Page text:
About the Game
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About the Game


So, what is Advanced HeroQuest? I have a very limited knowledge of its history, but here's an attempt to chronicle what little I know....

A Very Incomplete History
Games Workshop has put out several fantasy games, including "Warhammer Fantasy Battle" - a war game set in the "Warhammer" fantasy world. Earlier editions of the game had a lot of similarities to certain other fantasy settings of the time, though it generally had a darker and more grim outlook. There were humans, dwarves, elves, halflings, orcs, goblins, giants and dragons to be found in the Old World.

The particulars of the setting have evolved over time. Along the way, the "Warhammer Fantasy Role-Play" game was developed, an RPG offshoot of the popular miniatures wargame. (It can still be found today, thanks to a brief revival by Hogshead Publishing, by special arrangement with Games Workshop.)

Boxes for the 'Quest' Games
(Upper left: Warhammer Quest. Upper Right: HeroQuest. Lower Right: Advanced HeroQuest. Lower Left: "Terror in the Dark" supplement for Advanced HeroQuest.)

In 1989, Games Workshop created "HeroQuest". In the United States, it was released by Milton Bradley Games, as a fantasy "game system" that allowed players to take on the roles of the Elf, the Dwarf, the Barbarian, or the Wizard, with a fifth player taking on the role of the Game Master (or "Zargon" the evil sorcerer). The same year, "Advanced HeroQuest" was available in the United Kingdom - a game bearing some superficial similarities to HeroQuest, but having its own, somewhat more sophisticated system. (All the same, there is at least a tip of the hat to HeroQuest, in that rules are included in Advanced HeroQuest on how to "convert" the "High Elf", Dwarf, Barbarian and Wizard over to this new system, and how to make use of the labyrinthine board and furniture pieces.)

The setting introduced in Advanced HeroQuest is similar to that of the 4th edition incarnation of the Warhammer Fantasy Battle game. The "Colleges of Magic", not present in the Warhammer Fantasy Role-Play Game, are distinguished and developed into eight different "colleges", each assigned to a different "wind" on a compass rose. While there are orcs and goblins and such in this setting, they are far more alien than before - some sort of humanoid fungus, rather than just a green-skinned goblinized breed of humankind. The primary enemy in this setting is the encroaching, reality-warping power of Chaos, as exemplified by the four mighty Chaos Gods ... and the primary enemy presented in the Advanced HeroQuest boxed set would be the rat-like Skaven.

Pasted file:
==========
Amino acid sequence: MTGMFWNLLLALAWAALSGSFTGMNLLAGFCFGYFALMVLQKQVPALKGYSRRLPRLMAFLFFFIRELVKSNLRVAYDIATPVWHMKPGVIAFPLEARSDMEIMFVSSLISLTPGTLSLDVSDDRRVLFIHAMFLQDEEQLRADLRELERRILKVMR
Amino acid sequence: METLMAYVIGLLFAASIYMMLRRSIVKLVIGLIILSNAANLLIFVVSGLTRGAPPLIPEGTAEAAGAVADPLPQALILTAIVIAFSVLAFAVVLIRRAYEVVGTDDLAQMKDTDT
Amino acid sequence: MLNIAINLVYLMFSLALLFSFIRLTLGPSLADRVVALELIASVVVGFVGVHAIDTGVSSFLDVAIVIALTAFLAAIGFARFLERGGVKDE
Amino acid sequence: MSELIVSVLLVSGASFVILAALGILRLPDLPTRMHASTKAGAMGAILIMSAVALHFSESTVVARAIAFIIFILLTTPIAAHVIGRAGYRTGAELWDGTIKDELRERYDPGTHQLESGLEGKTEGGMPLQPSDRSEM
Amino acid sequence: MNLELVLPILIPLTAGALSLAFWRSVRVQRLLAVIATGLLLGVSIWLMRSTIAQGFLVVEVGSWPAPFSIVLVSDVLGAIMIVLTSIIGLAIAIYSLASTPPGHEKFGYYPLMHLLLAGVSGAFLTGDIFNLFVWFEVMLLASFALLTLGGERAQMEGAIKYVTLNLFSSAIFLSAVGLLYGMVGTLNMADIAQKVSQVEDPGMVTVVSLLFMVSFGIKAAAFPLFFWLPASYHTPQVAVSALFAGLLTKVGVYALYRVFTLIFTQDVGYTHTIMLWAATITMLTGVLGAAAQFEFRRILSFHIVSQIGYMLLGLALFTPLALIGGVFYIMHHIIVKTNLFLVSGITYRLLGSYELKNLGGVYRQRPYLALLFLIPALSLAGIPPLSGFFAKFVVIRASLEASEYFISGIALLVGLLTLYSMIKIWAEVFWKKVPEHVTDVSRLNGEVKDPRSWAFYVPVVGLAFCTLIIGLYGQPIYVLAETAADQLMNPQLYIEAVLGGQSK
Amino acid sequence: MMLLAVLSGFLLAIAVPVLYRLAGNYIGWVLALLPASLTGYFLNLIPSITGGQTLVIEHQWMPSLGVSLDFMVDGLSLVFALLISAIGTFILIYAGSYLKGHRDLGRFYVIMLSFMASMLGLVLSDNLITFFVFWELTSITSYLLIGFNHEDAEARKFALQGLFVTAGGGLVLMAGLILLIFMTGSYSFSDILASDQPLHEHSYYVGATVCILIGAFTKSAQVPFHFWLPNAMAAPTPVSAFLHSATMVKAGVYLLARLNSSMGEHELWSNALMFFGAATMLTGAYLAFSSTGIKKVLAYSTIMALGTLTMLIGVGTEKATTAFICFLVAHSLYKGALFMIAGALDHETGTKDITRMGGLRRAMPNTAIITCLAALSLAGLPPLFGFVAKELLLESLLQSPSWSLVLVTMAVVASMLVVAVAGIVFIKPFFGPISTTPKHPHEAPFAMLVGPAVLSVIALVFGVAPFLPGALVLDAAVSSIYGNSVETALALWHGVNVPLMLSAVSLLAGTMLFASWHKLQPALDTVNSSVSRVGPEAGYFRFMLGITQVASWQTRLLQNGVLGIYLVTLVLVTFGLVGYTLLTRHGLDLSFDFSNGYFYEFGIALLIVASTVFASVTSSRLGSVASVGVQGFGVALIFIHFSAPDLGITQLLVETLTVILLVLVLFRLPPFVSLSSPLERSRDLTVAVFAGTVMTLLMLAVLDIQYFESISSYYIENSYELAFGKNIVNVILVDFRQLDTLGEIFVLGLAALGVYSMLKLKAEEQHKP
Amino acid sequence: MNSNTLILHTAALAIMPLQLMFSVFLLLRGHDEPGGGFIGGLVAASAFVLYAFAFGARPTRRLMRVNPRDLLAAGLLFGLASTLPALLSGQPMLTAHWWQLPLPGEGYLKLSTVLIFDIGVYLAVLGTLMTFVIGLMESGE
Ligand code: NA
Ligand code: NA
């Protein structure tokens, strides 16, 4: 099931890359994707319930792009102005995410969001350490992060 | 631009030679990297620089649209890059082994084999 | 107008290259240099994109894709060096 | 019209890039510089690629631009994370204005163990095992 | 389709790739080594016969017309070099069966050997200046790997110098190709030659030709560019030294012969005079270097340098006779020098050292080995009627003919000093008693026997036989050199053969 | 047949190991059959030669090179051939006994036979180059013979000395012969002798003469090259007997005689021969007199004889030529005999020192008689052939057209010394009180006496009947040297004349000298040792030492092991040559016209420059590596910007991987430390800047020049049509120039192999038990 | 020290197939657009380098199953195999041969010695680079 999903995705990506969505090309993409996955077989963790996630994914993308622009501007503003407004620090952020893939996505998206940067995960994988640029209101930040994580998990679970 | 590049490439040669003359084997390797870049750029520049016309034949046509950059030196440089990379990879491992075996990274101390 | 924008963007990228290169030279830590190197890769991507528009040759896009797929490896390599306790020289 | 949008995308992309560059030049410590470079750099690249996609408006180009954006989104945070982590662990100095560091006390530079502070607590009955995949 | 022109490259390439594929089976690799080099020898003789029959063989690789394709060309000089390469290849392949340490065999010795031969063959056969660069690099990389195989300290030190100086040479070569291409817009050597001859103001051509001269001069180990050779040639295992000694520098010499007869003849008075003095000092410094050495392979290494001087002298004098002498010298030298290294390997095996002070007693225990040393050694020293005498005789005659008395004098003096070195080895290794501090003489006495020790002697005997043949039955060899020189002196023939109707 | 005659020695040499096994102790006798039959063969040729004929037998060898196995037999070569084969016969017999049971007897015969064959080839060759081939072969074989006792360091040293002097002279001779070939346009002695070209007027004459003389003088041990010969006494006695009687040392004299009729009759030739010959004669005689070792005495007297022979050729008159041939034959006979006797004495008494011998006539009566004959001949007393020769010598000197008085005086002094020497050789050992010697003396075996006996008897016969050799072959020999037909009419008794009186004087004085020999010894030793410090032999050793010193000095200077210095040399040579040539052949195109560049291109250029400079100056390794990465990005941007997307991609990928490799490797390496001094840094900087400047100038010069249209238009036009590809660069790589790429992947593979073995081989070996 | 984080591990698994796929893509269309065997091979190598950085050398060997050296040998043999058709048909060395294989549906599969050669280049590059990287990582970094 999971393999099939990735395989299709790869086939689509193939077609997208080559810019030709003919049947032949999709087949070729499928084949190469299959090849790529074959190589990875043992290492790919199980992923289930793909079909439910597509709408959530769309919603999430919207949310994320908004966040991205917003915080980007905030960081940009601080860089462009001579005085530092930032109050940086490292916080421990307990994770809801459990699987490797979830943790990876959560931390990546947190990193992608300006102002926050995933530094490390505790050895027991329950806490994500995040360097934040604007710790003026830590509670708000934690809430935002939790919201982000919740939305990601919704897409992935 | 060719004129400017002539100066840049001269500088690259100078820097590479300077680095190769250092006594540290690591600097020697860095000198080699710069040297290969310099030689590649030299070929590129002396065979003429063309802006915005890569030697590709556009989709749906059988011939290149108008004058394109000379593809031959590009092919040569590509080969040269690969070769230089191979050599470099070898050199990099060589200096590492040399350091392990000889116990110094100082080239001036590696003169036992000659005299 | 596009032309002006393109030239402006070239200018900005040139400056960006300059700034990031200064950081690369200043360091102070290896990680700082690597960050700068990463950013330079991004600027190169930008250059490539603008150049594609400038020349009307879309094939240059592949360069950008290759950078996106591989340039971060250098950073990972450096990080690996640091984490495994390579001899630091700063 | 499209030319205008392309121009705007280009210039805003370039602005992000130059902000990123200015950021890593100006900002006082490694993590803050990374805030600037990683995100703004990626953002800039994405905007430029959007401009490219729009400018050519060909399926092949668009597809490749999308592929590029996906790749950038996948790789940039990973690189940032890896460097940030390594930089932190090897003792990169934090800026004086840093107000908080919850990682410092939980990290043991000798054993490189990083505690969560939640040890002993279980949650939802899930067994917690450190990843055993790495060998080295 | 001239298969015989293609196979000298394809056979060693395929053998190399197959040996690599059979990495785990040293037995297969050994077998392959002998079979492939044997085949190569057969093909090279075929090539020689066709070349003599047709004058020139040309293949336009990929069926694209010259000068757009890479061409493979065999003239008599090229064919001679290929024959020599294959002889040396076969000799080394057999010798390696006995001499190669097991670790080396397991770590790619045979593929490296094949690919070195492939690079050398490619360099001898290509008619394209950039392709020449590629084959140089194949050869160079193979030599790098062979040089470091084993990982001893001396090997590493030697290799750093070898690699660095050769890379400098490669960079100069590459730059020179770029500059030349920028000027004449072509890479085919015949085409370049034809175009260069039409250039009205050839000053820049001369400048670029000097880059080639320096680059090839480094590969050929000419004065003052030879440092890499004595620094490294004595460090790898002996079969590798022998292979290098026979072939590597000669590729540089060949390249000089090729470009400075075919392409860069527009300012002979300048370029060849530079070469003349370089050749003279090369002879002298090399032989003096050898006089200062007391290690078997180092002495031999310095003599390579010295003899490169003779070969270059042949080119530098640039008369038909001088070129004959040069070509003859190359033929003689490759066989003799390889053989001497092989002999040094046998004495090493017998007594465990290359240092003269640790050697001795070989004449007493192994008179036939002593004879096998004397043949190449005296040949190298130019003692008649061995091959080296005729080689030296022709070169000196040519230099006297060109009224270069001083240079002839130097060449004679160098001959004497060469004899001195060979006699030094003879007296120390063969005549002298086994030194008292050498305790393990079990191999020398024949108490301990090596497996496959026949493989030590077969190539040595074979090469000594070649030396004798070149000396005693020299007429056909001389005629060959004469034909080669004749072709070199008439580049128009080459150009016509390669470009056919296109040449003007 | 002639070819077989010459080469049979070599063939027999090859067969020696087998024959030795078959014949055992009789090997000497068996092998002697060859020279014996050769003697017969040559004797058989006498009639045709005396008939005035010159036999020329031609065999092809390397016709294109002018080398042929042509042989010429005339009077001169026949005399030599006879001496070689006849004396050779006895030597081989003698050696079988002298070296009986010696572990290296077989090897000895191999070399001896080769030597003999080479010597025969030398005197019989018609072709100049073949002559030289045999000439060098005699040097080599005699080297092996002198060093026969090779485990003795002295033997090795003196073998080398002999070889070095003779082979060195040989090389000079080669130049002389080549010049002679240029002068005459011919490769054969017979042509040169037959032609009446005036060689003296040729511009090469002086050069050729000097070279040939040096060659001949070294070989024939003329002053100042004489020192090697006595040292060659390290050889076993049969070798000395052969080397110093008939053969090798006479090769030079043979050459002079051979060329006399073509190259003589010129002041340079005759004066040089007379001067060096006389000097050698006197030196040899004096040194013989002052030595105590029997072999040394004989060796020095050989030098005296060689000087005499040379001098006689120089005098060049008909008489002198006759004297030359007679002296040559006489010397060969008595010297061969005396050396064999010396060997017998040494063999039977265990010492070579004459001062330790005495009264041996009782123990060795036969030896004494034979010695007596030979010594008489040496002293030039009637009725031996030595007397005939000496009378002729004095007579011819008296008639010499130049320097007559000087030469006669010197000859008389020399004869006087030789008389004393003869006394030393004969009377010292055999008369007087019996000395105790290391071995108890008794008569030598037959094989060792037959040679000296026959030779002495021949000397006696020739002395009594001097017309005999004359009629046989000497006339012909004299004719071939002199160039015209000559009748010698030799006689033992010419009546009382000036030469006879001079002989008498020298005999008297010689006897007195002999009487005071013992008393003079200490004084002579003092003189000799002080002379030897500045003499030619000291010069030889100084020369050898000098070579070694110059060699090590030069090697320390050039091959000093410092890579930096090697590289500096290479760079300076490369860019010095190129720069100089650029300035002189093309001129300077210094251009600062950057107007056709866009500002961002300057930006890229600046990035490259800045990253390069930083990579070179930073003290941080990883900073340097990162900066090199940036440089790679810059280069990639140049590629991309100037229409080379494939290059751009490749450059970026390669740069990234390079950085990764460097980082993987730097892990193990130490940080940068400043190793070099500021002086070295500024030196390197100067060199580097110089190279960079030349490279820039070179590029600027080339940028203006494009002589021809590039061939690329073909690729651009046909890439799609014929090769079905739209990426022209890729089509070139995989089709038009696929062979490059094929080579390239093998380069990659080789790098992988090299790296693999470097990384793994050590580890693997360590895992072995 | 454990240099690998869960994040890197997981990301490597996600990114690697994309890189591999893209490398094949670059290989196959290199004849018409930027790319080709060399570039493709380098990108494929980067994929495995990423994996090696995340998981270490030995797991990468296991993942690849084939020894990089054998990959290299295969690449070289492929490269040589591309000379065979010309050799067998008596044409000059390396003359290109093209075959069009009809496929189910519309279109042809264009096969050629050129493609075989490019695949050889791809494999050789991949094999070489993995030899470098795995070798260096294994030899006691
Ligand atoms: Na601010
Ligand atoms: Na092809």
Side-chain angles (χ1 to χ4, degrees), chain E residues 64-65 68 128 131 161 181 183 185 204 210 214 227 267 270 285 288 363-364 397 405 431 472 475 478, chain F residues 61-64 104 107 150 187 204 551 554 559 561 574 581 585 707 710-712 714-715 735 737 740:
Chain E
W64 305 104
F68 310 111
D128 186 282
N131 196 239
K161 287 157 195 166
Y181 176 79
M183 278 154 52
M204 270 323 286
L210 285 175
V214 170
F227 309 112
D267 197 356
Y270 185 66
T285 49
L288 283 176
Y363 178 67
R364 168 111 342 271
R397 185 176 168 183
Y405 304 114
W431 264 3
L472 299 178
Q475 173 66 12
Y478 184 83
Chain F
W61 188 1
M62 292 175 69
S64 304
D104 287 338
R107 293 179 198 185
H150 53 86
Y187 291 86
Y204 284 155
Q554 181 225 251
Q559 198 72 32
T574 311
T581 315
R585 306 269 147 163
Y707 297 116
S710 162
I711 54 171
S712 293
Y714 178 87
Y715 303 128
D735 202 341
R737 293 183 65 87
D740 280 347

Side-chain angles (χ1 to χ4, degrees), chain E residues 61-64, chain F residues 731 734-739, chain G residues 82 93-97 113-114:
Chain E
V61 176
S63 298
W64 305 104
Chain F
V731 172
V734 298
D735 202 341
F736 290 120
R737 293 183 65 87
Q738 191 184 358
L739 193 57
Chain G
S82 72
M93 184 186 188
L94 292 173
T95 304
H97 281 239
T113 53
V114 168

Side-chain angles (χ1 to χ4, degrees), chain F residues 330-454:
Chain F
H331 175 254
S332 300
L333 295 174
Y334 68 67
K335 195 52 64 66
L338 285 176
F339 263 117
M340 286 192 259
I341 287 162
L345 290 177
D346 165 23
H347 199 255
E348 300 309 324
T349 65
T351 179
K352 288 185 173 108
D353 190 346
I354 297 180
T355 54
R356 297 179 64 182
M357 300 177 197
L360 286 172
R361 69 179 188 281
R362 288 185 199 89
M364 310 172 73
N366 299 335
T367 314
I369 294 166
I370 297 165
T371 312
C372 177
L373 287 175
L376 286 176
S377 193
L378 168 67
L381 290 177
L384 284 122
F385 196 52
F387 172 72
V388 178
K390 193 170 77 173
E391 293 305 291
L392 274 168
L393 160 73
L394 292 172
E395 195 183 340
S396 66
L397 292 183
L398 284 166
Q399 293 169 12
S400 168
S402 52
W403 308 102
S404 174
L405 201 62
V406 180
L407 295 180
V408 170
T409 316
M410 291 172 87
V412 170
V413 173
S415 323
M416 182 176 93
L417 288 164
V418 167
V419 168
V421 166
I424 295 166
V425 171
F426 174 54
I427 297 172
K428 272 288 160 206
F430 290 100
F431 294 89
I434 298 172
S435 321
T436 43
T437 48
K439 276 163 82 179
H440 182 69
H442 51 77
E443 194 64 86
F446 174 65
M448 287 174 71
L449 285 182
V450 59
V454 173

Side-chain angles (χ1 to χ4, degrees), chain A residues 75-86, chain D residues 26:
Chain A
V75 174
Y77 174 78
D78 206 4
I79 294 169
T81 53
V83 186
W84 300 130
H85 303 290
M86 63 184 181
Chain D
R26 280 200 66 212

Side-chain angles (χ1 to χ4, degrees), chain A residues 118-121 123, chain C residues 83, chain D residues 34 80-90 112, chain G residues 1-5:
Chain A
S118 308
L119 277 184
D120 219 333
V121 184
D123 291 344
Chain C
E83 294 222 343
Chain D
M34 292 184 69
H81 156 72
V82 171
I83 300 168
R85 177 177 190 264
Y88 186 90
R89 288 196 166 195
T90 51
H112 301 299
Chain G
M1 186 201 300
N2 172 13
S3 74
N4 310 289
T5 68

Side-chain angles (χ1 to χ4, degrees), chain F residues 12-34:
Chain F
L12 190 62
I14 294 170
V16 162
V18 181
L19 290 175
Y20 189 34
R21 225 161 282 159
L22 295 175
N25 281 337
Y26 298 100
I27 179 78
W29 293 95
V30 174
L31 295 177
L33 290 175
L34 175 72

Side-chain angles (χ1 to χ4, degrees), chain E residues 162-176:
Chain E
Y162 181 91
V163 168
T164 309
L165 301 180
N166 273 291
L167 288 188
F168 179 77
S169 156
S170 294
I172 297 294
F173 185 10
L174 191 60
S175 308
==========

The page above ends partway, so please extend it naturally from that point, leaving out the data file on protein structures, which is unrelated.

The Boxed Set
Contents of Advanced HeroQuest Box, with HeroQuest Elements
(A small sample dungeon layout, with dungeon tiles, plastic hinged doors, cardboard markers, "Skaven" warriors and plastic "Henchmen" from Advanced HeroQuest. The 3-D furniture pieces and several of the plastic miniatures are from the Milton Bradley HeroQuest game.)
The original boxed game included plastic miniatures and door pieces, die-cut dungeon tiles and markers, a couple of 12-sided dice, and a softcover rulesbook. The miniatures included models of the 4 Heroes (Human Warrior, Human Bright Wizard, Dwarf and Elf), 12 Henchmen (hirelings), and 20 Skaven Warriors. Six plastic doors had rather clever - but unfortunately fragile - hinges that allowed the doors to be opened or closed. (These same doors also appeared in another Games Workshop product, the "Dungeonbowl" expansion for their fantasy football game, "Bloodbowl".)

Die-cut dungeon sections were a major feature of this game. In addition to larger square, rectangular or circular dungeon rooms, there was a whole system of "puzzle-locking" passages, T-junctions, intersections and corners (with a couple of "stairs" pieces), plus colorful markers to represent traps, treasure and other features to fill the dungeon.

The game could be played in several ways. As advertised on the box, it was possible to engage in "solo play", playing the game like an elaborate sort of fantasy Solitaire - randomly generating dungeon layouts by die rolls and the consultation of charts, and following strict rules for the actions of monsters that the player could have his heroes oppose. Similarly, up to four players (or, for that matter, more, provided some extra miniatures were provided) could play this like an elaborate board game, with the "winner" being determined by who managed to accumulate the most gold in the dungeon.

HeroQuest Heroes
(Heroes from the original HeroQuest game - Dwarf, Elf, Barbarian, and Wizard.)

Character sheets were provided for each of the four main characters - as well as conversions for the four heroes from "HeroQuest" - and blank sheets could be photocopied on the back, with rules for randomly generating statistics for new Heroes.